Castles are thing fairytales are made of. And most of us think that they’re a thing of the past. But many of them have survived the test of time. Here’s a post to prove you wrong! While some are used as seats of the government, most of them have been turned into tourist attractions. Take a look at top 5 most beautiful and exotic palaces, castles and chateaus.
- Prague Castle, Czech Republic
The largest royal castle in the world, as recorded in the Guinness Book of Records. It was built in the 9th century and is currently the official residence of the President of the Czech Republic. With arched hallways, surrounded by numerous cathedrals and convents, this is a huge tourist attraction. The architecture encompasses virtually every type available over the years from Gothic to Romanesque.
2. Chateau de Chambord, France
With construction started by King Francis I of France, it was never completed. Nevertheless, it is the most recognisable chateau due it’s distinct Renaissance influenced architectural style. It was made to serve as a hunting accommodation for King Francis. During the French Revolution, budget cuts caused several furnishings to be sold off, and the chateau was left abandoned for some time. However, restorations were attempted in the 20th century. Today, it is open to visitors.
3. Schwerin Castle, Germany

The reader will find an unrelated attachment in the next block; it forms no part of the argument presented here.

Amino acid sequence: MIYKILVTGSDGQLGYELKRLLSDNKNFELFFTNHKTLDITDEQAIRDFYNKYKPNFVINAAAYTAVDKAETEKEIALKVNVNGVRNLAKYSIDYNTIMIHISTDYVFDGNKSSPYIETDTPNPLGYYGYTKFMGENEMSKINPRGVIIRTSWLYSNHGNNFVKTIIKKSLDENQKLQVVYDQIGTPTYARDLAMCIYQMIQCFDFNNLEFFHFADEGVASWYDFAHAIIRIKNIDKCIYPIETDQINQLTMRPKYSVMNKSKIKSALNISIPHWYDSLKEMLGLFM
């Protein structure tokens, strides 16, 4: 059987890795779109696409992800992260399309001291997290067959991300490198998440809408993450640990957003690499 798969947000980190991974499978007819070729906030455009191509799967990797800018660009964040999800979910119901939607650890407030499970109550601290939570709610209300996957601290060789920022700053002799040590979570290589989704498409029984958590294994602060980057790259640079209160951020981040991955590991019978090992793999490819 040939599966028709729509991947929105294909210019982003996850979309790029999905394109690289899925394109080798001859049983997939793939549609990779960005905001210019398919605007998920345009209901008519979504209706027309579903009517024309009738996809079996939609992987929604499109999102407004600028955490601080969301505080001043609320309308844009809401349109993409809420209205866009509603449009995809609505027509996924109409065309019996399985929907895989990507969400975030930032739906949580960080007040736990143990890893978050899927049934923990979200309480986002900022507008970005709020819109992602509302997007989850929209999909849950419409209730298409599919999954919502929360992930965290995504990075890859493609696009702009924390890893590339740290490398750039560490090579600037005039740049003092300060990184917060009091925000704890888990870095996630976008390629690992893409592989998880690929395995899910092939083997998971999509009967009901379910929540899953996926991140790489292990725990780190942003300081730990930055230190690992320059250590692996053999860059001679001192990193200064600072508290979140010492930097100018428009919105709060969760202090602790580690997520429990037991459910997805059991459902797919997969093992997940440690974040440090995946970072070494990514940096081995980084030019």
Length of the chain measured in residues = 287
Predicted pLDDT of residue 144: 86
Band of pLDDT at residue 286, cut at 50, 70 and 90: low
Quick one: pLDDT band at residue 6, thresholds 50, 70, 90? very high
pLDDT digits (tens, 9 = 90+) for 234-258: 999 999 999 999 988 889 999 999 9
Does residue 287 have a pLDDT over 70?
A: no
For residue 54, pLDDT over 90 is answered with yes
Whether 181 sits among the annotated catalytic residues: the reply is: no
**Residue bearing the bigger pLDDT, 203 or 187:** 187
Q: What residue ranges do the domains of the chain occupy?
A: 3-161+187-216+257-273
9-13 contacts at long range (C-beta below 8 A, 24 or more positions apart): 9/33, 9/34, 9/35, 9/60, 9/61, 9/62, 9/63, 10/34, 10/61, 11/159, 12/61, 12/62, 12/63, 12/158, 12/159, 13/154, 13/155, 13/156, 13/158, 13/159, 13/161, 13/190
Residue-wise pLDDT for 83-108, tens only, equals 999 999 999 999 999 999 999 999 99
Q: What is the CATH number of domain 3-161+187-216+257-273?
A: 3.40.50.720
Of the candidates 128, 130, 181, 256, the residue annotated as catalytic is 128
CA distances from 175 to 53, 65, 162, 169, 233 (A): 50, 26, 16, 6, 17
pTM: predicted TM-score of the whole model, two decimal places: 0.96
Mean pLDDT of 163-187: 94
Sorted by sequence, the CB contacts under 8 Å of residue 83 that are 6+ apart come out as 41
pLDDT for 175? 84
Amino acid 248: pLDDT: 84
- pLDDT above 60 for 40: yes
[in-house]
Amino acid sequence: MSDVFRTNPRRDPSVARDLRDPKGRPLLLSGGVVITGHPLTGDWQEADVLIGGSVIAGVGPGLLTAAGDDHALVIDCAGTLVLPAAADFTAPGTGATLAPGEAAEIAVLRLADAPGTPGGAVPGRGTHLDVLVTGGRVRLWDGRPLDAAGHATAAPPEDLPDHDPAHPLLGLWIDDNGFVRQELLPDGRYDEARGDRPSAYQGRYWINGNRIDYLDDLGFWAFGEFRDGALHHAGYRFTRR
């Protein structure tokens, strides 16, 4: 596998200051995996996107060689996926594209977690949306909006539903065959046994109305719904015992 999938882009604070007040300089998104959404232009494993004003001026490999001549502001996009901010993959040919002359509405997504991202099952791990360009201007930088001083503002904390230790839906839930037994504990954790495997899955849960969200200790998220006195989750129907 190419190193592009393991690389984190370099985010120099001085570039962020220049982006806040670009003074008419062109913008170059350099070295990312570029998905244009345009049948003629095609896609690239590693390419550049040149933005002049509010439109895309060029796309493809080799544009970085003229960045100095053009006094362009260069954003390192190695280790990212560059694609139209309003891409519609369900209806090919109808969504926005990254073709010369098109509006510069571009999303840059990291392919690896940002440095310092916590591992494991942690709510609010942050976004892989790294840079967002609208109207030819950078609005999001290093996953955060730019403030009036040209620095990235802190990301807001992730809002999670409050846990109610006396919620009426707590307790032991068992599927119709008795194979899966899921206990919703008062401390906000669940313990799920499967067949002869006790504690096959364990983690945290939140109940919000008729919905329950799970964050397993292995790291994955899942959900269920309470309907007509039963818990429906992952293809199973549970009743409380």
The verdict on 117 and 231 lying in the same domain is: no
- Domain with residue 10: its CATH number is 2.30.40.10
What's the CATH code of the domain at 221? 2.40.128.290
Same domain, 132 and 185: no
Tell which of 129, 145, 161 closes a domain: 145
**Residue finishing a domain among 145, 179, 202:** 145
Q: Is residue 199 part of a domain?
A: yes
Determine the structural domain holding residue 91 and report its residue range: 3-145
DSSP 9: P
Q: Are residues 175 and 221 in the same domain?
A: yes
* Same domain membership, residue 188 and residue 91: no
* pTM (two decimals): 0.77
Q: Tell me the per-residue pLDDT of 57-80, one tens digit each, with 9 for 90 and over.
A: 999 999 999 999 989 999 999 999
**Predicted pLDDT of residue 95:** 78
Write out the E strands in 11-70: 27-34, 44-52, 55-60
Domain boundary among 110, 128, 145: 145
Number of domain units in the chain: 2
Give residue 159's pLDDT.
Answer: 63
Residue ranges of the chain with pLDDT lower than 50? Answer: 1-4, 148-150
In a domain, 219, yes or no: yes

A palatial complex located on an island located on a lake connected to the mainland by a strip of land, adding to its architectural glory. It served for centuries as the residence of Dukes and grand dukes and today serves the State Parliament. In December 1913, a fire destroyed almost one-third of its facade. It was converted into a museum for some time after the restoration before it became a seat of the Parliament. It is said that the ghost of Petermannchen roams the halls of the palace.
4. Castle Hohenschwangau, Germany
Built in the 19th century and childhood home to King Ludwig II of Bavaria. A 12th-century fort occupied its location before that. The castle passed on to royalty from generation to generation down the years and surprisingly suffered no damage during World War I or II. It was managed by the ancient royal family even up to the 1950s. Today, it is very much still open to the public and is a major tourist attraction.
5. Peles Castle, Romania
Constructed by King Carol I, this is Neo-Renaissance castle located on an old route. Home to almost 2000 paintings and currently a museum with guided tourist tours, it has 170 rooms and houses a variety of cultural references. It is most renowned for its stained glass paintings.
Have you packed your travelling bags yet?